Just for completeness, I should say that, for sure, you can implement Arabic layout/typesetting for LuaTeX in pure Lua code, as the ConTeXt distribution has done, through the quite incredible work of Idris Hamid and Hans Hagen.


There is a lot to read. Here are some resources that are either essential or helpful.


Clearly, you'll need to read relevant parts of the Unicode Standard. Here's my suggested minimal reading list.

  • Chapter 8: Middle Eastern Scripts . This gives an extremely useful description of cursive joining and a model for implementing contextual analysis.
  • Unicode ranges for Arabic (see also these posts). You'll need the Unicode code charts for Arabic (PDFs downloadable and listed under Middle Eastern Scripts, here)
  • Unicode Bidirectional Algorithm. Can't say that I've really read this properly, and certainly not yet implemented anything to handle mixed runs of text, but you certainly need it.


Whether you are interested in eBooks, conventional typesetting or the WOFF standard, these days a working knowledge of OpenType font technology is very useful. If you want to explore typesetting Arabic then it's simply essential.

C libraries

It's always a good idea to leverage the work of true experts, especially if it is provided for free as an open source library! I spent a lot of time hunting for libraries, so here is my summary of what I found and what I eventually settled on using.

  • IBM's ICU: Initially, I looked at using IBM's International Components for Unicode but, for my requirements, it was serious overkill. It is a truly vast and powerful open source library (for C/C++ and Java) if you need the wealth of features it provides.
  • HarfBuzz: This is an interesting and ongoing development. The HarfBuzz OpenType text shaping engine looks like it will become extremely useful; although I had a mixed experience trying to build it on Windows, which is almost certainly due to my limitations, not those of the library. If you're Linux-based then no doubt it'll be fine for you. As it matures to a stable release I'll definitely take another look.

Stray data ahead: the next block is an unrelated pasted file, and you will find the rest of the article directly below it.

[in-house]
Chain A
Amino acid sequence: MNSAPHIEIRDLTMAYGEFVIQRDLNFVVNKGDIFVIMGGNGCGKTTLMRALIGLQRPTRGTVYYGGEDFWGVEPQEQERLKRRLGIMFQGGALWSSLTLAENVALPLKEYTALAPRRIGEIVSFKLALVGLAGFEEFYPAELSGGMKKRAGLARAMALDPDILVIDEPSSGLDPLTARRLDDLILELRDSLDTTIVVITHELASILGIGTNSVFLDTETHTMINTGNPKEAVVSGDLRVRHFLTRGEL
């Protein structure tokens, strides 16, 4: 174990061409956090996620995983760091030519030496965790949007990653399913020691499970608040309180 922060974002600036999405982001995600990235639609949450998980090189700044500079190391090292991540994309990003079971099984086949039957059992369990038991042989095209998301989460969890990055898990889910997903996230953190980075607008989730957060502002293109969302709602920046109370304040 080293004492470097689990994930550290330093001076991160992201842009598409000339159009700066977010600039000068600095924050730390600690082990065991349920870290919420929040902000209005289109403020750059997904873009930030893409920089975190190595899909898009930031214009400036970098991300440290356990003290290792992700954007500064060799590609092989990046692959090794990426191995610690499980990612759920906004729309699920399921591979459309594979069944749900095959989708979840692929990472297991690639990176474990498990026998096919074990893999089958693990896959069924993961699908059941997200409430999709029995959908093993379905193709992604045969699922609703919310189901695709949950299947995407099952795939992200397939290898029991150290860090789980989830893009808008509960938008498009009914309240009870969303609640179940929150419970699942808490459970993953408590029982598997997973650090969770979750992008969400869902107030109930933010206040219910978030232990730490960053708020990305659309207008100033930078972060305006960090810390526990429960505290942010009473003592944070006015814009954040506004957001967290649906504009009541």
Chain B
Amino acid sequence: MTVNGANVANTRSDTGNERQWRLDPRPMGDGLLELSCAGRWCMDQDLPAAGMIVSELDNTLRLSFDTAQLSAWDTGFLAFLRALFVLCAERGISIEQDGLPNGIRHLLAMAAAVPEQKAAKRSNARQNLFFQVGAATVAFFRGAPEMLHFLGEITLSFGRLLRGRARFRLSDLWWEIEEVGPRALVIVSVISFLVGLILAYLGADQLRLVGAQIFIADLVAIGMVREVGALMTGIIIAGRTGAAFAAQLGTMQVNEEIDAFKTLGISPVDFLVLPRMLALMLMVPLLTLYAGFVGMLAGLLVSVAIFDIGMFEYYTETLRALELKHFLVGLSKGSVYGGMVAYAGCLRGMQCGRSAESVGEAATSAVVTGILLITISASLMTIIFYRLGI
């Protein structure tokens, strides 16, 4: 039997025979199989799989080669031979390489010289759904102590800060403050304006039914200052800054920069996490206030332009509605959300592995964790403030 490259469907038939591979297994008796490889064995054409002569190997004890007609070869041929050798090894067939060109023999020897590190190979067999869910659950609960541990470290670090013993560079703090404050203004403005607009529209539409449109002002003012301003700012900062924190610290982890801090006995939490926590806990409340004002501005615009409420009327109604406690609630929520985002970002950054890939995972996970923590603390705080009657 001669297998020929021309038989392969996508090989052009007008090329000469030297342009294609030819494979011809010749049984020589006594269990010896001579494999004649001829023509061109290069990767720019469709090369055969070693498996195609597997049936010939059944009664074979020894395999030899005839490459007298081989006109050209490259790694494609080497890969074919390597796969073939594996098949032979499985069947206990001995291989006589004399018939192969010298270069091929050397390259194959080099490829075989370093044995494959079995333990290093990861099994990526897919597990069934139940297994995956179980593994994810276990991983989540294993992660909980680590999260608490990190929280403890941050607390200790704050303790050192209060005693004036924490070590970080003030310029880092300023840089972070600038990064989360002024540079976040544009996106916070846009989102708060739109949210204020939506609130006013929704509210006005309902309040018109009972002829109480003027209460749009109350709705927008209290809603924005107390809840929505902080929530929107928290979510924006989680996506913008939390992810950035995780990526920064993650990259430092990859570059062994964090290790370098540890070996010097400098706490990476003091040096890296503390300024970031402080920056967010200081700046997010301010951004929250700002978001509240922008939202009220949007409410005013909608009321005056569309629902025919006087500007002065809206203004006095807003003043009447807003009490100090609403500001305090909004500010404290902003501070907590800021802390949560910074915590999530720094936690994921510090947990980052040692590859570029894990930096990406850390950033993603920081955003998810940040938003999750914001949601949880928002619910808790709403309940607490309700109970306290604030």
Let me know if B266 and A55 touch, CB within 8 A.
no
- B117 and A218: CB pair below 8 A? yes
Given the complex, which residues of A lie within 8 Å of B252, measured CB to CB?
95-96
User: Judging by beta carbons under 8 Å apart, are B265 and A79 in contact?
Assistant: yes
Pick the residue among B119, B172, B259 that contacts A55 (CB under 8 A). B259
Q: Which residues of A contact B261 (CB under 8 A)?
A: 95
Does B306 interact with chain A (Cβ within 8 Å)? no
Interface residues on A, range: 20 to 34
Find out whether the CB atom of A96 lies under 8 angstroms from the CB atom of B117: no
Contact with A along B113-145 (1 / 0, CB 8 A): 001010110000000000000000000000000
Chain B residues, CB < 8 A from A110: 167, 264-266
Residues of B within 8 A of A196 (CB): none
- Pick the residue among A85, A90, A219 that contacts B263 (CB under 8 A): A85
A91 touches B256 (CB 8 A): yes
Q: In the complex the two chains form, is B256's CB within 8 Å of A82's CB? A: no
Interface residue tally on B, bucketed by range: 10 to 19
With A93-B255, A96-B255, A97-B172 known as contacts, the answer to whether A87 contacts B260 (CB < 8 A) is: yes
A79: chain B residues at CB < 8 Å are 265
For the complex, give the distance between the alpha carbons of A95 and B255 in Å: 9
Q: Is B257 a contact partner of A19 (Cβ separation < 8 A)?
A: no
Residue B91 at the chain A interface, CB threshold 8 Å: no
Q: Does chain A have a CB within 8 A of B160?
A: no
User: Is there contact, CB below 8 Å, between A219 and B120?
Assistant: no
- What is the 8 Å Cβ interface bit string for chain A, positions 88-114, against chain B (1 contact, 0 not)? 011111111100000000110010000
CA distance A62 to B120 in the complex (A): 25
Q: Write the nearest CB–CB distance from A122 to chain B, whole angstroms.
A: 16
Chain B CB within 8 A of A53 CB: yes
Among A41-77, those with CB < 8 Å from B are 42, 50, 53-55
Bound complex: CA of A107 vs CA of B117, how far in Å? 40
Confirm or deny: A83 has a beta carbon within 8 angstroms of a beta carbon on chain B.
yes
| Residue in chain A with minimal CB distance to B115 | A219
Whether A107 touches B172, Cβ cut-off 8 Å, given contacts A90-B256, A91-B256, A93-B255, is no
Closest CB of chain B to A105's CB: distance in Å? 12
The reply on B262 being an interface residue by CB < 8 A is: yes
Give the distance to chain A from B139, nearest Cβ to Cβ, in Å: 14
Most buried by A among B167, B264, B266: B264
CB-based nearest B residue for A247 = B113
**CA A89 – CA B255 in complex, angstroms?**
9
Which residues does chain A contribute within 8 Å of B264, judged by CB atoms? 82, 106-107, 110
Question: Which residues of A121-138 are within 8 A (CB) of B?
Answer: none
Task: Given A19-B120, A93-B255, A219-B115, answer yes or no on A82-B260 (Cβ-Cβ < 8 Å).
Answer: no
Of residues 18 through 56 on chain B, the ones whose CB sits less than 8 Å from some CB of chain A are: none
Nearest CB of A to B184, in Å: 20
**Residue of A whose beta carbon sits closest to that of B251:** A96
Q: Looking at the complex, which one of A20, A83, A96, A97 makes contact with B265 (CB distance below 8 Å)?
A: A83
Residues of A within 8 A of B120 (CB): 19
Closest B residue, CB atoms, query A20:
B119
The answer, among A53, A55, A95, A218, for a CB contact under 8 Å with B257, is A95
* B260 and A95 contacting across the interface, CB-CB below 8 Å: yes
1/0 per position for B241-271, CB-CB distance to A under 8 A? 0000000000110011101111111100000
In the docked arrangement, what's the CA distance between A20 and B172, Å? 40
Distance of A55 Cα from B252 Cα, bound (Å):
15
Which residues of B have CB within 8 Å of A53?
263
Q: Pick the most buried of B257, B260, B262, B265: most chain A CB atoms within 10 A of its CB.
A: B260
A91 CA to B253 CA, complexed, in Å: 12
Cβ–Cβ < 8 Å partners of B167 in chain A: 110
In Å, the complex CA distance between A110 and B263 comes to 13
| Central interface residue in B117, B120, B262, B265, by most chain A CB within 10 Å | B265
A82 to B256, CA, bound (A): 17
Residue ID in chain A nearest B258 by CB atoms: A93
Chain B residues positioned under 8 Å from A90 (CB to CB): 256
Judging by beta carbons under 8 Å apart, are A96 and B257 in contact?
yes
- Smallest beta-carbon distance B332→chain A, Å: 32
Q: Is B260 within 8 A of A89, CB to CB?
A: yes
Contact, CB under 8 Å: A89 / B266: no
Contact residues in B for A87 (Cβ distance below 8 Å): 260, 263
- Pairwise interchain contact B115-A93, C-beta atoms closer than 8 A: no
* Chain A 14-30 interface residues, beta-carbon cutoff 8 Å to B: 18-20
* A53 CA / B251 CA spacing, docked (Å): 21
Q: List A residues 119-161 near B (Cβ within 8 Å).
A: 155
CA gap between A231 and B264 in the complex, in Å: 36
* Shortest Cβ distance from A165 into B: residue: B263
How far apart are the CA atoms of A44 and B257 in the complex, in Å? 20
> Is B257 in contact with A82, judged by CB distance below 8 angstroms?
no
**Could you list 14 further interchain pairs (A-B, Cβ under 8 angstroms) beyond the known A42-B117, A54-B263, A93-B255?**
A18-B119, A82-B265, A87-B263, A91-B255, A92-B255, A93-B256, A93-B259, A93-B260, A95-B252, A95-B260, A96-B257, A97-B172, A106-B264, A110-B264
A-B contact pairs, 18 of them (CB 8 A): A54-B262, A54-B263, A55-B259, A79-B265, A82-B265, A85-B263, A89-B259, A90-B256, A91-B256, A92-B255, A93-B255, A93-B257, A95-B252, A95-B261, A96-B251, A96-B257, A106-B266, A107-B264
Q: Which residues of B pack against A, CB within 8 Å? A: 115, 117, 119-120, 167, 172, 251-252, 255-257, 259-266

• GNU FriBidi: As mentioned above, essential for a full implementation of displaying (eBooks, browsers etc) or typesetting mixed left-to-right and right-to-left scripts is the Unicode Bidirectional Algorithm. Fortunately, there's a free and standard implementation of this available as a C library: GNU FriBidi I've not yet reached the point of being able to use it but it's the one I'll choose.

My libraries of choice

Eventually, I settled on FreeType and libotf. You need to use them together because libotf depends on FreeType. Both libraries are mature and easy to use and I simply cannot praise these libraries too highly. Clearly, this is my own personal bias and preference but ease of use rates extremely highly on my list of requirements. FreeType has superb documentation whereas libotf does not, although it has some detailed comments within the main #include file. I'll definitely post a short "getting started with libotf" because it is not difficult to use (when you've worked it out!).

libotf: words are not enough!

Mindful that I've not yet explained how all these libraries work together, or what they do, but I just have to say that libotf is utterly superb. libotf provides a set of functions which "drive" the features and lookups contained in an OpenType font, allowing you to pass in a Unicode string and apply OpenType tables to generate the corresponding sequence of glyphs which you can subsequently render. Of course, for Arabic you also need to perform contextual analysis to select the appropriate joining forms but once that is done then libotf lets you take full advantage of any advanced typesetting features present in the font.

UTF-8 encoding/decoding

To pass Unicode strings between your C code and LuaTeX you'll be using UTF-8 so you will need to encode and decode UTF-8 from within your C. Encoding is easy and has been covered elsewhere on this site. For decoding UTF-8 into codepoints I use the The Flexible and Economical UTF-8 Decoder.